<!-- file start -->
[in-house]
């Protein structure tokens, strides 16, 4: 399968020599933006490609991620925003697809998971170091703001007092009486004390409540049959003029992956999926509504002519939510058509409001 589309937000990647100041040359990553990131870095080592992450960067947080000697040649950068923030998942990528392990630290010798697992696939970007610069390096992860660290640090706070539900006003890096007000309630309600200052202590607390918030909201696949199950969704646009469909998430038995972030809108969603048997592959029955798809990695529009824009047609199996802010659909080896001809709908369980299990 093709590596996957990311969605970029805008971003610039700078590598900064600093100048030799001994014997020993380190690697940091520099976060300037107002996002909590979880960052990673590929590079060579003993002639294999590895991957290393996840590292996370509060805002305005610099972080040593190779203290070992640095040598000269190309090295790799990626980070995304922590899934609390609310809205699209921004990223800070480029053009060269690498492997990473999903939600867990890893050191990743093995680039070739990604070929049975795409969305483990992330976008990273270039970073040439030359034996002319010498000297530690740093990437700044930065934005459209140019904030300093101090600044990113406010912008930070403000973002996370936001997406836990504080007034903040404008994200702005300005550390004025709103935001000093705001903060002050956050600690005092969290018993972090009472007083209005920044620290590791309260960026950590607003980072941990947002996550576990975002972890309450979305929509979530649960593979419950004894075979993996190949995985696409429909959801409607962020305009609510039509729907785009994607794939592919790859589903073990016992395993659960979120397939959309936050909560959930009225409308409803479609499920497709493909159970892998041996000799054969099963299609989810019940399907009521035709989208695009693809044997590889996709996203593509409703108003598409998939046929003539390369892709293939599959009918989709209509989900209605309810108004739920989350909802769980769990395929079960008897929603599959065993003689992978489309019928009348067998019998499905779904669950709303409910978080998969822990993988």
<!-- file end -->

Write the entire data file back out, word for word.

[in-house]
């Protein structure tokens, strides 16, 4: 399968020599933006490609991620925003697809998971170091703001007092009486004390409540049959003029992956999926509504002519939510058509409001 589309937000990647100041040359990553990131870095080592992450960067947080000697040649950068923030998942990528392990630290010798697992696939970007610069390096992860660290640090706070539900006003890096007000309630309600200052202590607390918030909201696949199950969704646009469909998430038995972030809108969603048997592959029955798809990695529009824009047609199996802010659909080896001809709908369980299990 093709590596996957990311969605970029805008971003610039700078590598900064600093100048030799001994014997020993380190690697940091520099976060300037107002996002909590979880960052990673590929590079060579003993002639294999590895991957290393996840590292996370509060805002305005610099972080040593190779203290070992640095040598000269190309090295790799990626980070995304922590899934609390609310809205699209921004990223800070480029053009060269690498492997990473999903939600867990890893050191990743093995680039070739990604070929049975795409969305483990992330976008990273270039970073040439030359034996002319010498000297530690740093990437700044930065934005459209140019904030300093101090600044990113406010912008930070403000973002996370936001997406836990504080007034903040404008994200702005300005550390004025709103935001000093705001903060002050956050600690005092969290018993972090009472007083209005920044620290590791309260960026950590607003980072941990947002996550576990975002972890309450979305929509979530649960593979419950004894075979993996190949995985696409429909959801409607962020305009609510039509729907785009994607794939592919790859589903073990016992395993659960979120397939959309936050909560959930009225409308409803479609499920497709493909159970892998041996000799054969099963299609989810019940399907009521035709989208695009693809044997590889996709996203593509409703108003598409998939046929003539390369892709293939599959009918989709209509989900209605309810108004739920989350909802769980769990395929079960008897929603599959065993003689992978489309019928009348067998019998499905779904669950709303409910978080998969822990993988």